Nine questions with Katharine Brooks

Katharine Brooks (Anne Rayner/Vanderbilt)
Katharine Brooks (Anne Rayner/Vanderbilt)

Katharine S. Brooks, a nationally recognized expert with more than 25 years of experience specializing in the career needs of college students and alumni, joined Vanderbilt in June as the Evans Family Executive Director of the Vanderbilt Career Center. Brooks developed the “Wise Wanderings” career coaching system, which is featured in her book, You Majored in What? Mapping Your Path from Chaos to Career. She also writes the Career Transitions blog for Psychology Today. Her expertise in career issues has been recognized in publications including The Wall Street Journal, The New York Times, U.S. News & World Report, The Chicago Tribune, The Philadelphia Inquirer, Business Insider, Cosmopolitan, the Associated Press, CNN and Fortune. She recently was listed as one of the “Ten Most Visionary Leaders in Career Services” by CSO Research and received the Kauffman Award from the National Association of Colleges and Employers for her service to the profession. She describes herself on Twitter (@KatharineBrooks) as “Career Coach/Consultant/Writer. Exec.Dir.@VUCareer. Liberal Arts advocate. @PsychToday blogger. Author@PlumeBooks. @MartinGuitar player.”

1. What are your goals here at Vanderbilt?

I want to help students develop their networks of possible wandering and fall in love with their future.

2. What brought you here?

This job sounded so interesting! I had never been to Nashville before, but I certainly knew Vanderbilt’s reputation. The big message for my career path is: “She didn’t plan to end up here, but she ended up exactly where she wants to be.” I’ve always looked at the job I had and thought, “What do I like about this job, and what don’t I like?” I’ve used that information to chart a career path focused on finding more of what I liked and less of what I didn’t, which is what brought me here.

3. Would you list your jobs after college?

Retail merchandising, HR management trainee, social worker supporting people who are blind, master’s degree in rehabilitation counseling, school psychologist, clinic director, Ed.D. in educational psychology, college counseling and placement staffer, disability services coordinator, film studies instructor, career center director (Dickinson College, University of Texas–Austin and Wake Forest), and now here.

4. How would you describe your approach to career counseling?

Chaos theory. It’s complex, not simple, and it’s certainly not linear. I call my approach Wise Wanderings, as in “not all who wander are lost.” Liberal arts majors, especially, can find it hard to determine their career, and I’ve found that wandering is a successful career strategy, particularly when it’s done with a purpose. The idea comes from Nobel Prize winner Herbert Simon, a founding father of artificial intelligence, who said in a biography that his career “was settled at least as much by drift as by choice.”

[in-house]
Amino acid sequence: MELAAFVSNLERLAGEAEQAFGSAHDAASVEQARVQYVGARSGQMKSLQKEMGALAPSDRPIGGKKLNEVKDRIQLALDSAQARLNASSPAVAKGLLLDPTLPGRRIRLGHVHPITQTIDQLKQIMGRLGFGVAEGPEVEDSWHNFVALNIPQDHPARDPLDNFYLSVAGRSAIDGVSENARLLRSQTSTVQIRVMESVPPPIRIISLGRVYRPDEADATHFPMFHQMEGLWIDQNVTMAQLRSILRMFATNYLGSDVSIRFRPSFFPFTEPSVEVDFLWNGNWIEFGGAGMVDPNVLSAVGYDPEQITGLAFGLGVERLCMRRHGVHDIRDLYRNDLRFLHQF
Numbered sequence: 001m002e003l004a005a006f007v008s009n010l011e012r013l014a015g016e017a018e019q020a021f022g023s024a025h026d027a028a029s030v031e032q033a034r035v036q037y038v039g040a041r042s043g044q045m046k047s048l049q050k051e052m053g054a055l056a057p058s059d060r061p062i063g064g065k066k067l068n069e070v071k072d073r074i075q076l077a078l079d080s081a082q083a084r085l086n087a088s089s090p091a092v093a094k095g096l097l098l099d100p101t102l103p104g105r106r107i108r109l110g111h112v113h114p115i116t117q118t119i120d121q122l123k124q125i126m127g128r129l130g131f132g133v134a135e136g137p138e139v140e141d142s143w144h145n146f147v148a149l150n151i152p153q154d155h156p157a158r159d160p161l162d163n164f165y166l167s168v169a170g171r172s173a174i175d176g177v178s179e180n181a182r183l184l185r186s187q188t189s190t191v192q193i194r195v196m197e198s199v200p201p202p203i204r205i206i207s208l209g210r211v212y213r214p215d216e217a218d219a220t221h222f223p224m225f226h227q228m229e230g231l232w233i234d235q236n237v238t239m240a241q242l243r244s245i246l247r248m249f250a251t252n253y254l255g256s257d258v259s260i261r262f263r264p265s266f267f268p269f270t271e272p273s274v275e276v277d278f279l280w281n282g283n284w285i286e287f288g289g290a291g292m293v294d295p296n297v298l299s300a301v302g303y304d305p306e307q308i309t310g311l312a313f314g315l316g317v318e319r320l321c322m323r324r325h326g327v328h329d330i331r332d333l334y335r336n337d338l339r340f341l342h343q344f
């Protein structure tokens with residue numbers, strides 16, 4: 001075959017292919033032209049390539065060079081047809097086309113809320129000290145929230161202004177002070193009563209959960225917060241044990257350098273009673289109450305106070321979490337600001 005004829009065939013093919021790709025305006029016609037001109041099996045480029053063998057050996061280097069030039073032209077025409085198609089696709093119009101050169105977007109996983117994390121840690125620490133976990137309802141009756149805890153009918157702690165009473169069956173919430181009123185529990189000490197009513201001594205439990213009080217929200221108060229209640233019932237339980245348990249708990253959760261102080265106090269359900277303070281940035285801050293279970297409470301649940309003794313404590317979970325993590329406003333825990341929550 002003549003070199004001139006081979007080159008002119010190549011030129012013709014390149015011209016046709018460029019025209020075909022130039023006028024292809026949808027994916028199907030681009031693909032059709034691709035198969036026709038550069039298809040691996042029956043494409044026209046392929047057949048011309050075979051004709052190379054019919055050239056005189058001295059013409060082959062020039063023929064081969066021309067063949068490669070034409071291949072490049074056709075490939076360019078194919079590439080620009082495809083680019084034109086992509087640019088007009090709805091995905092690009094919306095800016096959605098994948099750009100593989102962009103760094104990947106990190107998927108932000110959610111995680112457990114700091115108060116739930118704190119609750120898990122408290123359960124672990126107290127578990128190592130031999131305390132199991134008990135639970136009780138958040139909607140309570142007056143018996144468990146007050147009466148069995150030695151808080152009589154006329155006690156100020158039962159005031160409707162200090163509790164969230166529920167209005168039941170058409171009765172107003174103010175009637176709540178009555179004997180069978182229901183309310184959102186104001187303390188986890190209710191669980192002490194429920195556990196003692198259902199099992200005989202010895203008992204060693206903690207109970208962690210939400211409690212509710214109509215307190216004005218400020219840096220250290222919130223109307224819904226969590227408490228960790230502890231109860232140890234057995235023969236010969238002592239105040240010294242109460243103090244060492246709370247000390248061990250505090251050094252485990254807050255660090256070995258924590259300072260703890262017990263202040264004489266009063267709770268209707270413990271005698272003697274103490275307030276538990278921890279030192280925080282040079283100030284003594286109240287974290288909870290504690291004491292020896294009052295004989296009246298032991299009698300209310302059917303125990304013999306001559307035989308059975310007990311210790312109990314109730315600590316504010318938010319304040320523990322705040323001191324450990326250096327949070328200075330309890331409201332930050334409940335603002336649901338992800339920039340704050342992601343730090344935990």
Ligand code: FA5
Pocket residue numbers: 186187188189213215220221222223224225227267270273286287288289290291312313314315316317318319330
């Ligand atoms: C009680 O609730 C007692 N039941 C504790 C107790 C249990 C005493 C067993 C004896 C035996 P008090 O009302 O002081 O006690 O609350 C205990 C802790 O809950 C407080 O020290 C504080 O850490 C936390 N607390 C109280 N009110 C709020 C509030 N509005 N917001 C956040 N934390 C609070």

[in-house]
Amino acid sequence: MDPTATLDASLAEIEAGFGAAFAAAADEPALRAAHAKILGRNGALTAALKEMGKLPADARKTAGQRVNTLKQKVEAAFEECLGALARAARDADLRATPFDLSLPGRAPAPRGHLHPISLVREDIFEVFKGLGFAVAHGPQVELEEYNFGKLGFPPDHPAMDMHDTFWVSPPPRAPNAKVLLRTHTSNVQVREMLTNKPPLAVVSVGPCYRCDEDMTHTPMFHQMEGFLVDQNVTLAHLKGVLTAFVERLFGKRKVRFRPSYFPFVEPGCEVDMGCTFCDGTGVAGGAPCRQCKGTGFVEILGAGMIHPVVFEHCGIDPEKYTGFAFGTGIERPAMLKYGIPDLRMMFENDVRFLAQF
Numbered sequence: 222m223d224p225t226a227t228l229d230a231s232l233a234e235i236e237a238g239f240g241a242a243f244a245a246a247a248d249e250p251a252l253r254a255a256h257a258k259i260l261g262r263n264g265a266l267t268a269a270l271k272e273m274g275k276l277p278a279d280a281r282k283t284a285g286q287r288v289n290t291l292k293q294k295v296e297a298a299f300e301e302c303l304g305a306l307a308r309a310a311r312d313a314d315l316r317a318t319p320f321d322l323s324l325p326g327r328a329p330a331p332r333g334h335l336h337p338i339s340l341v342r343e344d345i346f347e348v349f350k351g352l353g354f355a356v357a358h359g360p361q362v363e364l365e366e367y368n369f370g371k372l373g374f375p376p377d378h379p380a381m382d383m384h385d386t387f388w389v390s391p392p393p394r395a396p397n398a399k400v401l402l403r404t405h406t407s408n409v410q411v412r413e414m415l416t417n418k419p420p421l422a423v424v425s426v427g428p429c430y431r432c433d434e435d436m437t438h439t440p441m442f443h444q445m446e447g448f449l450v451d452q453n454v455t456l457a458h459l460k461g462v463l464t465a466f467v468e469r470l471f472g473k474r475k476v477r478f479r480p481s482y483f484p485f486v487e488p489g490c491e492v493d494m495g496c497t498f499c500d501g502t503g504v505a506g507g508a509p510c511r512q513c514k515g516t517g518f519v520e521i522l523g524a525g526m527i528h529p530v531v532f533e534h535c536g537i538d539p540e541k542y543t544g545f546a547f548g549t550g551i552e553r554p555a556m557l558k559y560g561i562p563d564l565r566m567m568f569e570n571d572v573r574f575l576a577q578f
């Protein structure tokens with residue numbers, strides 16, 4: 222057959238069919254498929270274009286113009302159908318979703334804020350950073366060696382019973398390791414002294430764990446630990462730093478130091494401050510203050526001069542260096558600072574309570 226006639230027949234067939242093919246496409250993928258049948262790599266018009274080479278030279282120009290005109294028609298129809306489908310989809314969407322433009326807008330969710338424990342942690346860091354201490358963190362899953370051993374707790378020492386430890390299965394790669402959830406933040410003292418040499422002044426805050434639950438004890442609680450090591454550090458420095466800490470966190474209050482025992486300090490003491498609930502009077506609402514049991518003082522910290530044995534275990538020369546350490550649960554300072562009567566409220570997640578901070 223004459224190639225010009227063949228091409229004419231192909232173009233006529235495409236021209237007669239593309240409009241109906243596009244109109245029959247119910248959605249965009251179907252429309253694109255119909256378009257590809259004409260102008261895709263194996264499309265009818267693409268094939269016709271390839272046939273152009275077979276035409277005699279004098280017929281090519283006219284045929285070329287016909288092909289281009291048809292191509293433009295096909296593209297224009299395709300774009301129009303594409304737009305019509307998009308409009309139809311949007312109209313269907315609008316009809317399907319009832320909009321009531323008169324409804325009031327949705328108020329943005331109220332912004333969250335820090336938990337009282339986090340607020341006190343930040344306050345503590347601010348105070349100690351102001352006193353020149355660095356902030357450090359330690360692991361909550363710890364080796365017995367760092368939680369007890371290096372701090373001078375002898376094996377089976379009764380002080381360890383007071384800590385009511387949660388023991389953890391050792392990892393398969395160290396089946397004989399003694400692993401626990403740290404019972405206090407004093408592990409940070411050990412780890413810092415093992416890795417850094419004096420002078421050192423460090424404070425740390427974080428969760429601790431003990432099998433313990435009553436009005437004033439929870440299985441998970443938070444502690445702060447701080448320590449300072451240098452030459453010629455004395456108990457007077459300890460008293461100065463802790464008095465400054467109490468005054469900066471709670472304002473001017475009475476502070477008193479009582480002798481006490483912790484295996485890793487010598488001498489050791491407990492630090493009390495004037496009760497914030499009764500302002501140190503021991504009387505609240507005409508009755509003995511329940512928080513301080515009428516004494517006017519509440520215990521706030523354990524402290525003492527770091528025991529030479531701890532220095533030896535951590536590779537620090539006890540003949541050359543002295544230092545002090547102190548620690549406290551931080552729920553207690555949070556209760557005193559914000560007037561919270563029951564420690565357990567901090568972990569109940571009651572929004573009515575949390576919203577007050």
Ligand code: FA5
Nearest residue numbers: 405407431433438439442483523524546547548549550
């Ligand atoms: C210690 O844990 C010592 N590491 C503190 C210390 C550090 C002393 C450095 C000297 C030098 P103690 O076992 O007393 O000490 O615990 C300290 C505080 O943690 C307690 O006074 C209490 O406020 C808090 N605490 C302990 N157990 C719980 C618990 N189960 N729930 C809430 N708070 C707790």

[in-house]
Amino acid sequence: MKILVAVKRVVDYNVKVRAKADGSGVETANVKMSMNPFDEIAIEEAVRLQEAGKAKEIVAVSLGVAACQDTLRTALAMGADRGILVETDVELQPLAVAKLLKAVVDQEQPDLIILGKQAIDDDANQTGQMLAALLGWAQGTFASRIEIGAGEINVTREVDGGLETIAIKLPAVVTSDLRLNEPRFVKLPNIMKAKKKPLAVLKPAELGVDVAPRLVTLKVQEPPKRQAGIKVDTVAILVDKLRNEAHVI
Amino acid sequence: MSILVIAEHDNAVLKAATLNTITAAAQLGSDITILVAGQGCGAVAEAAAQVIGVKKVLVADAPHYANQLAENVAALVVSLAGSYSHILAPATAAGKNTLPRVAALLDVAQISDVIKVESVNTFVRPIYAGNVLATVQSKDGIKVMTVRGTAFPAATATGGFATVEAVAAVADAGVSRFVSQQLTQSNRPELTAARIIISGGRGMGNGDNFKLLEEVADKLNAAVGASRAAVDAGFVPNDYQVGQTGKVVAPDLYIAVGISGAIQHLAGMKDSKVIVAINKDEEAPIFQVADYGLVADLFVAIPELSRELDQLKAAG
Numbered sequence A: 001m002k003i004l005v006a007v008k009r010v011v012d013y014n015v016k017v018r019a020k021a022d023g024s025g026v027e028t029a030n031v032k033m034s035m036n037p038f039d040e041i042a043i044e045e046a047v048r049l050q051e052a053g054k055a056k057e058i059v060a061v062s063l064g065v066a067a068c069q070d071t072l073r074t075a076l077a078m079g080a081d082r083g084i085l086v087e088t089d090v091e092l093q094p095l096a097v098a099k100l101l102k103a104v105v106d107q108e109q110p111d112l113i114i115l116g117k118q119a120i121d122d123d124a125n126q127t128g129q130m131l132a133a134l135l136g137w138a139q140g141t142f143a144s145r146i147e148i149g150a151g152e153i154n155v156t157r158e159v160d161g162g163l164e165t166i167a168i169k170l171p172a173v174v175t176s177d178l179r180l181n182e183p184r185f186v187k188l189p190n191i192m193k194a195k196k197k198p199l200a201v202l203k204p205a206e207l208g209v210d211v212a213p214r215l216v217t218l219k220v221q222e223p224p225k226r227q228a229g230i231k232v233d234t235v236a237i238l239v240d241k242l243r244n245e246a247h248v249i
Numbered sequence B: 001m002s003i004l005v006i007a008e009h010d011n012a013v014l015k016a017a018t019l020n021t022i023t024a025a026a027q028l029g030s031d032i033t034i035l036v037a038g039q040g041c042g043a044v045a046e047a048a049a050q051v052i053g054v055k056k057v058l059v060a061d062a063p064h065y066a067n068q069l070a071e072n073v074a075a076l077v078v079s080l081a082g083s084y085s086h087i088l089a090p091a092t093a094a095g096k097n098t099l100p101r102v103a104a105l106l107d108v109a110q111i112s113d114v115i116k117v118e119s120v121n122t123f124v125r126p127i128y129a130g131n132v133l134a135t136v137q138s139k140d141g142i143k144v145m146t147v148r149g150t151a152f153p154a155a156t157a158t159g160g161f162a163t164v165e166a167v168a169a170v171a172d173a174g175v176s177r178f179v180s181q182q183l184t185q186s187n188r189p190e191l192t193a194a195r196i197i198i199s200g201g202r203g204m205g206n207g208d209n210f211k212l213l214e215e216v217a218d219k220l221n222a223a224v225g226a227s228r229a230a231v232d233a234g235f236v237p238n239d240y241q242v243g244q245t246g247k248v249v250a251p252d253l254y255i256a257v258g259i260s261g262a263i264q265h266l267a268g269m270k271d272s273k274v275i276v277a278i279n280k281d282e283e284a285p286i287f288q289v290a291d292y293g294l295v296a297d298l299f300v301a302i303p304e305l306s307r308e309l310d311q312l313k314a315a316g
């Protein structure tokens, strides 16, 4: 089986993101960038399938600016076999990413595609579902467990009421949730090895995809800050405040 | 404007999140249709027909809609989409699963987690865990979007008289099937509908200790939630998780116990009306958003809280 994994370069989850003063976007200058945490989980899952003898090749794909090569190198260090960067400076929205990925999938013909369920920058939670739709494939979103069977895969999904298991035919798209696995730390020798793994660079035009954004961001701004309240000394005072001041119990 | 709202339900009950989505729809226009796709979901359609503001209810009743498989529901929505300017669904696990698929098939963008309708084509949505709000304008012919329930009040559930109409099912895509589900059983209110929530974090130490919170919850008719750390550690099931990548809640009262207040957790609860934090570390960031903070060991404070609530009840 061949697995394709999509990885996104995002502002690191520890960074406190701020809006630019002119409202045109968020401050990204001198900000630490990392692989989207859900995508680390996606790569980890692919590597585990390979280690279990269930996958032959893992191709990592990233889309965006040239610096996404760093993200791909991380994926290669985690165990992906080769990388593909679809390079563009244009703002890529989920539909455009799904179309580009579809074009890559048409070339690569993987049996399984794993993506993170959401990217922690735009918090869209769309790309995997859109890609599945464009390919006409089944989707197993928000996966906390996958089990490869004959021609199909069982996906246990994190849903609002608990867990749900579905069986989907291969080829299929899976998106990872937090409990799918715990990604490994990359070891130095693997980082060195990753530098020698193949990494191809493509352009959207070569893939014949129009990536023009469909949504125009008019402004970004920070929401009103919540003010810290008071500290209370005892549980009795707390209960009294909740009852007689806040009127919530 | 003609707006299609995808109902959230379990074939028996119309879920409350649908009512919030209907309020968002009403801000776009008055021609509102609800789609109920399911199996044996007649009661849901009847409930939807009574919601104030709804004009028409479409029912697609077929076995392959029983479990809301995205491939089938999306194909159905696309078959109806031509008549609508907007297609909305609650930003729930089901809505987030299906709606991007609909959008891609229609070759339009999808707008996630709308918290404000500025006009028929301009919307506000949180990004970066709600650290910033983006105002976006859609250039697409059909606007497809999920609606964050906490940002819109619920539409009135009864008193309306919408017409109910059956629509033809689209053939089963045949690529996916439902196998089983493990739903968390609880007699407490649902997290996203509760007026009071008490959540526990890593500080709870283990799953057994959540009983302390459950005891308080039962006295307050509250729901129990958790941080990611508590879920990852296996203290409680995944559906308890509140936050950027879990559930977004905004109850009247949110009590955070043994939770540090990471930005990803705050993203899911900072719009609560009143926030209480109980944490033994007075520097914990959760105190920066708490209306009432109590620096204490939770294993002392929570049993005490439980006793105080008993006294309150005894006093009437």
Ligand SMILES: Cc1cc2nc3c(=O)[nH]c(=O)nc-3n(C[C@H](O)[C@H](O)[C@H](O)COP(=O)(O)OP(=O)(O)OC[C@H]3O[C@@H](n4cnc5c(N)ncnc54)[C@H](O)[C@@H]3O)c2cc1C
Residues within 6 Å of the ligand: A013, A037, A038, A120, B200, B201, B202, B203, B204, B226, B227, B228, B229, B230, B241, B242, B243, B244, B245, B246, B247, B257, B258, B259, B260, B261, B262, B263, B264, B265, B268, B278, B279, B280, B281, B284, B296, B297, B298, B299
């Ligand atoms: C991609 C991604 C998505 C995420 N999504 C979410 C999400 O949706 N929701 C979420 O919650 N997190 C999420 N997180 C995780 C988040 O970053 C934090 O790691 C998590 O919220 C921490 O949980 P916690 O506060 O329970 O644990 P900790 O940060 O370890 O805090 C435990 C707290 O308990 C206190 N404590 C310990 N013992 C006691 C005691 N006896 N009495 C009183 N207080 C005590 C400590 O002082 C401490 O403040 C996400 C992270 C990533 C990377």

5. How does it work?

I ask students to take 15 minutes to draw a “wandering map” with all the things that are important to them—jobs, hobbies, traits—and to include all the possible lives and careers they’ve ever thought about doing. Then we look for themes and connections. Be prepared to be surprised.

6. I’ve got my map—what’s next?

Now you wander a bit. Sign up for a project, or try out an internship. Studying abroad is a great example. It opens horizons and broadens and builds skills. Notice I said “broaden” and not narrowing. That’s essential. Also think organically: Where do you get your energy? How do we get to do more of that? I tell students that finding out something they don’t like is just as good as finding out something they like. It’s all good information. Also, it’s important to not shut down ideas prematurely. You never know where you’re going to learn something.

7. How can you help students stand out in a crowded job market?

We use appreciative inquiry, which is a way of asking questions to help people find their own answers. Students can struggle with confidence, so we ask questions to get them to look at their strengths, such as “When you were at your all-time best, what did that look like?” Then we help students develop their story, their narrative. We look at their education, their experiences, how they got to where they are, and use this information to develop their narrative. You need that personal story to stand out to potential employers and to make them care about you.

8. When should students get started with the Career Center?

When they’re ready. For first-year students, this is a year of a lot of growth, and they need to let that happen. Concentrate on crafting your life at VU. It’s important not to get practical too early. Focus on the mindsets you enjoy—are you curious, analytical, strategic, positive—then go from there. Wander a bit. We are here to help you when you’re ready.

9. One last question. @MartinGuitar player?

I play guitar, banjo and hammered dulcimer. In Winston-Salem, I was a member of the Unbroken Circle, Wake Forest’s multigenerational string band. I’m always looking for an acoustic jam.